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10 Mind Expanding Books To Read In A Lifetime

10 Mind Expanding Books To Read In A Lifetime

Reading is fun. Reading is powerful. And reading has served me so well that I’d say it contributes to the majority of the successes I’ve experienced in my life — both personally and professionally. The rest of it comes from taking consistent and deliberate action on the things I’ve picked up from the books I read.

Today, I’m going to present 10 mind expanding books to read in a lifetime. Bear in mind, I’m not saying you should take a lifetime to read them. The more of them you read, the more benefits you’ll gain from the books, and thus, the more mind expanding ideas you’ll be able to apply directly to your life.

#1. Outliers by Malcolm Gladwell

outliers

    This is a book about success and how there’s a lot more to it than being smart and working hard. Maybe you’ve heard of Gladwell’s famous 10,000 hour rule and how it relates to success – but even then – there’s still so much more to learn about how successful people became so successful in the first place. Outliers is a must-read title if you’re looking to expand your mind about the subtleties and nuances that contributed to the success of icons like Bill Gates and Steve Jobs.

    #2. Cosmos by Carl Sagan

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    cosmos

      This is one of those books that you read, and then just sit there and think. Cosmos is one of the most mind expanding books on this list because it implores you to think about our place in the universe, and the fact that even though we’ve come so far as a species, we’ve still got so much more to learn about ourselves and our future.

      #3. Meditations by Marcus Aurelius

      meditations-cover

        This book was written over 1800 years ago. Guess what? The powerful principles written way back then remain just as applicable today, as they did back in the 2nd century. Just read this quote and you’ll understand what I mean: “For how could we do what justice requires if we are distracted by things that don’t matter, if we are naive, gullible, inconstant?” He’s got to be referring to our texting and driving problem, right?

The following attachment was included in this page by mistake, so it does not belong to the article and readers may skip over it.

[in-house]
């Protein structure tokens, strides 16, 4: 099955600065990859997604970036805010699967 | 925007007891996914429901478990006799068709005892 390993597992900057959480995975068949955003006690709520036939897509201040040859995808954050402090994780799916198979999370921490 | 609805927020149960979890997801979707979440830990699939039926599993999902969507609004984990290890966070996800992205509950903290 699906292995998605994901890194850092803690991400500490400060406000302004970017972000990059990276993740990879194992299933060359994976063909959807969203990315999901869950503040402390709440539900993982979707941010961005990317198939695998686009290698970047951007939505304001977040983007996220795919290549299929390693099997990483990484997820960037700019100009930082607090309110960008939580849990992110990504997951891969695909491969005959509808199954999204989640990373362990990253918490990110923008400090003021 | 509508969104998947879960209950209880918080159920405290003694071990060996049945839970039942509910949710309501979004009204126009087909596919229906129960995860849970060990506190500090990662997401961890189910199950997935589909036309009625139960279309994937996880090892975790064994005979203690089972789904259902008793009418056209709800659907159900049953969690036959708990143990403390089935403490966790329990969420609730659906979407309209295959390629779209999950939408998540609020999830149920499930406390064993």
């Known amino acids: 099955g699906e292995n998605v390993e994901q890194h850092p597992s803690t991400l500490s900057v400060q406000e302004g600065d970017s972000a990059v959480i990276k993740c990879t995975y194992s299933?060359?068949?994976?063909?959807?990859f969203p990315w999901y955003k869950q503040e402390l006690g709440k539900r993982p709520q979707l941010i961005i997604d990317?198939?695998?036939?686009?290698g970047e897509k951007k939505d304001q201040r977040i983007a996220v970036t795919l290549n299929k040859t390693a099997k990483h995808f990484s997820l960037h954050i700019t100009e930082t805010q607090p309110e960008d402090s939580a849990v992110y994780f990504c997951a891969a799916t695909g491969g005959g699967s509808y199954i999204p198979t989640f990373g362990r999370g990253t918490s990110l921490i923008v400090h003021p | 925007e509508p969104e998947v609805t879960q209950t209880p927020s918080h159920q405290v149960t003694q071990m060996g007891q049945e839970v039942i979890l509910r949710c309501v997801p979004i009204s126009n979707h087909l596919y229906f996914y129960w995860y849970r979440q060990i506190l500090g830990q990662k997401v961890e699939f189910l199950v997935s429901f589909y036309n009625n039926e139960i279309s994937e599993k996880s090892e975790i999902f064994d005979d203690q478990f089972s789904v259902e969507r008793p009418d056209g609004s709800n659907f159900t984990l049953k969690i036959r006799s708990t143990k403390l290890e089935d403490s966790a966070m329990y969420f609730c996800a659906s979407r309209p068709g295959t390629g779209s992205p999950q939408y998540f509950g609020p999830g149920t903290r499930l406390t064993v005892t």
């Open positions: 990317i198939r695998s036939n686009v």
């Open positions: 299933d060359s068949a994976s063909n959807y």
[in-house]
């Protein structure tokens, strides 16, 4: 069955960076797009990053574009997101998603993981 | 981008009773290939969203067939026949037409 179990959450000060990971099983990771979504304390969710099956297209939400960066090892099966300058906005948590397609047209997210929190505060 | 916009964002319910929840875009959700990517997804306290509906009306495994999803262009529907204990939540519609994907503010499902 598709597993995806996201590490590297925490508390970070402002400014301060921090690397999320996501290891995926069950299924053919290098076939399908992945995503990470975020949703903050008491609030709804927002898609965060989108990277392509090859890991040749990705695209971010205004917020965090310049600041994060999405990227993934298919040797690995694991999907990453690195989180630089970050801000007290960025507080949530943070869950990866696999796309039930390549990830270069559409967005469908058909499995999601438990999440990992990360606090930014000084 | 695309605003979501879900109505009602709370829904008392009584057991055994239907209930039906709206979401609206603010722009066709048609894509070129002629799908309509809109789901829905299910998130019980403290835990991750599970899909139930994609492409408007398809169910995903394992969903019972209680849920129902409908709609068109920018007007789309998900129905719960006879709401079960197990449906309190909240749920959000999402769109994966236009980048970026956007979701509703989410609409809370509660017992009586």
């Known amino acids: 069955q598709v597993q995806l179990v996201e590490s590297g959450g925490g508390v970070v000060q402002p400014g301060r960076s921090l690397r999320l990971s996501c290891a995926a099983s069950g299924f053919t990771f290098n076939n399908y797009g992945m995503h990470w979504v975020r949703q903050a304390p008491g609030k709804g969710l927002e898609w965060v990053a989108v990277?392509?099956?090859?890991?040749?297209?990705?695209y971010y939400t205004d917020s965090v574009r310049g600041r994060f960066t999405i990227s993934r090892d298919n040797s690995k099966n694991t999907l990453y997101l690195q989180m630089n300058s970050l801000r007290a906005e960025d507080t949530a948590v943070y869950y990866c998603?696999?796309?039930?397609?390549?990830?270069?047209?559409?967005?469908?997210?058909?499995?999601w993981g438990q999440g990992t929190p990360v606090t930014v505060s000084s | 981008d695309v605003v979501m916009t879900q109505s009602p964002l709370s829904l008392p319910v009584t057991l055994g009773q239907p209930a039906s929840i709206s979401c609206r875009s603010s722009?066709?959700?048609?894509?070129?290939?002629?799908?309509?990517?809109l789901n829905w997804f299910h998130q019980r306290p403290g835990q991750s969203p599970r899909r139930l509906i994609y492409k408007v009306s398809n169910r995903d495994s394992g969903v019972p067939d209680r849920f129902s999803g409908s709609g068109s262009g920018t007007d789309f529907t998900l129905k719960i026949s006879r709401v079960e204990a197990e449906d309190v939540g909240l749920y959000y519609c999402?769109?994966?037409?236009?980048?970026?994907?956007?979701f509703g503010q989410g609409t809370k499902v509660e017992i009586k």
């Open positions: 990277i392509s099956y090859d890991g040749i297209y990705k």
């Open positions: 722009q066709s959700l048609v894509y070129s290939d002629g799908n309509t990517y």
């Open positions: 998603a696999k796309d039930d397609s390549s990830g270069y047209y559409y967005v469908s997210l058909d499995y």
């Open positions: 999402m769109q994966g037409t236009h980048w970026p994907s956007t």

#4. The China Study by Thomas Campbell

        the-china-study

          If you’re interested in learning about the single most comprehensive book about nutrition conducted to date, then this is the book you need to read. The research behind this book, and its health and weight-loss implications will do more than expand your mind, it’ll downright surprise you (and maybe even scare you) into embracing a healthier way of life.

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          #5. How To Win Friends and Influence People by Dale Carnegie

          How-To-Win-Friends-And-Influence-People

            This is the original book on emotional intelligence. Way before social scientists had the case studies to back up the efficacy of human relations, as well as its impact on the way we live and the way we work, Dale Carnegie had tried and tested his methods of positive influence enough times to know their effectiveness. Over 100 million copies later, the methods have proven themselves by withstanding the test of time.

            #6. Flow by Mihaly Csikszentmihalyi

            flow-cover

              You know that feeling you get when you’re doing what you love. It’s almost as if time just came to halt? As if five hours felt like five minutes? As if everything you were doing just felt right? As if you were doing what you’re meant to do? That’s called a “flow” state. If you’re looking to get more of it in your life, then you should get this book right about now.

              #7. The 7 Habits of Highly Effective People by Stephen Covey

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              The_7_Habits_of_Highly_Effective_People

                You’ve surely heard of this classic. However, do you know what makes it so mind expanding? The fact that it’s based on principles adds credibility. Principles don’t change. They’re timeless. Each of the habits laid out in this book are designed to act as individual prescriptions for effectiveness in all four dimensions of human nature: physically, mentally, emotionally, and even spiritually.

                #8. Never Eat Alone by Keith Ferrazzi

                never eat alone

                  Are you interested in getting ahead and getting the edge in life, without having to sacrifice your integrity to do it? If yes, then this is your book. Never Eat Alone is a classic book on connecting with others. It’s a must-read for anyone living in the current connection economy.

                  #9. The Power of Habit by Charles Duhigg

                  the-power-of-habit-book-summary